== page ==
At certain times in our history - a parent’s main concern for safety may have been basic survival. In more recent generations, proper manners, education and keeping children “in line” may have been the priority to keep children away from danger and fitting into cultural norms. In the past, the focus was often more about maintaining control to avoid unsafe situations and to mold children into the kind of adults parents wanted them to be.

Unfortunately, we have learned that if we use fear tactics through threats and punishment, the focus for the child becomes more about avoiding the punishment than about changing behavior. Behaviors such as sneakiness, lying, acting out, withdrawal, and loss of self-esteem are the unwanted side effects of punitive discipline and undermine all our best parenting efforts. Research points out that these kids often practice ways to avoid being caught once they gain any amount of freedom and often never develop their own strong moral compass. Worse, putting a child on the defensive or making a child feel fear and shame sets off that fight or flight response which can get in the way of clear thinking and ultimately important learning that encourages good decision-making skills. Numerous developmental and educational psychology studies have been conducted and show that punitive parenting breaks children’s spirits and damages our relationships over time. This parenting style results in an unhappy and stressed family unit, even more misbehavior in the long run and makes it harder to ultimately achieve our parenting goals.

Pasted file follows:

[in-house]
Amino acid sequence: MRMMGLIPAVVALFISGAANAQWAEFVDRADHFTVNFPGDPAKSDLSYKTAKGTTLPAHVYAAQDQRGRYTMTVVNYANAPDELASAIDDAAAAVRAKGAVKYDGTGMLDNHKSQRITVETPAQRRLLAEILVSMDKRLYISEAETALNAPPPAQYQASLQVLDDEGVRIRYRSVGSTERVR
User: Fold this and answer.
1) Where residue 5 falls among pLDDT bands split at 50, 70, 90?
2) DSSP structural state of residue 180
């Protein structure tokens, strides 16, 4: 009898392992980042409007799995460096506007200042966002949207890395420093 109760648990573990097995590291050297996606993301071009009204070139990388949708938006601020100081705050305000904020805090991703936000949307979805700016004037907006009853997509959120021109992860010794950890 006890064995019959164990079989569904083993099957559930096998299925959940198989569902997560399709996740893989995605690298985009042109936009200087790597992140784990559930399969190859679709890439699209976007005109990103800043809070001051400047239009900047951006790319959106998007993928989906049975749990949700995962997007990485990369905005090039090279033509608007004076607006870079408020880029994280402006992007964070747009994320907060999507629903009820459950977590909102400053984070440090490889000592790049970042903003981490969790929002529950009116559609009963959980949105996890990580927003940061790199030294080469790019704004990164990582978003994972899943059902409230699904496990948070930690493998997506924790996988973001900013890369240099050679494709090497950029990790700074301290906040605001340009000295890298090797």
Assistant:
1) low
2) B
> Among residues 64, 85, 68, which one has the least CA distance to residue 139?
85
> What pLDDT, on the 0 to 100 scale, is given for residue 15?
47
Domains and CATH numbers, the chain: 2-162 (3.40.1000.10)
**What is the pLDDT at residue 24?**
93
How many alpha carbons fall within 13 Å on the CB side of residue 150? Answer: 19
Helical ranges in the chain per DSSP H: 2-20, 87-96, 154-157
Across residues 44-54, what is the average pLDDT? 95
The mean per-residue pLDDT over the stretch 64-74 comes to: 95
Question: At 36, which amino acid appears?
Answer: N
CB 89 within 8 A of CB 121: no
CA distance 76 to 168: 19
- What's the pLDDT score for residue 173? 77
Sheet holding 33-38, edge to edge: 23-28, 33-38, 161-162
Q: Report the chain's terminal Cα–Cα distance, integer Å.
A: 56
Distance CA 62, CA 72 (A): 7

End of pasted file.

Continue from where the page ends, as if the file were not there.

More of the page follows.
Parenting for Today: Positive Parenting

Children need a guide, a teacher – not a dictator. We need to remind ourselves that independent children are what we WANT! Happy, kind, independent citizens of the world who can think for themselves and make well thought out decisions when we are not around is what we are working toward. To achieve our mutual parenting goals in a more modern world, parenting philosophy has had to make quite a shift from the dynamics of the past. We know so much more about the dangers of punitive discipline, and we’ve gained valuable data about motivation and learning over time.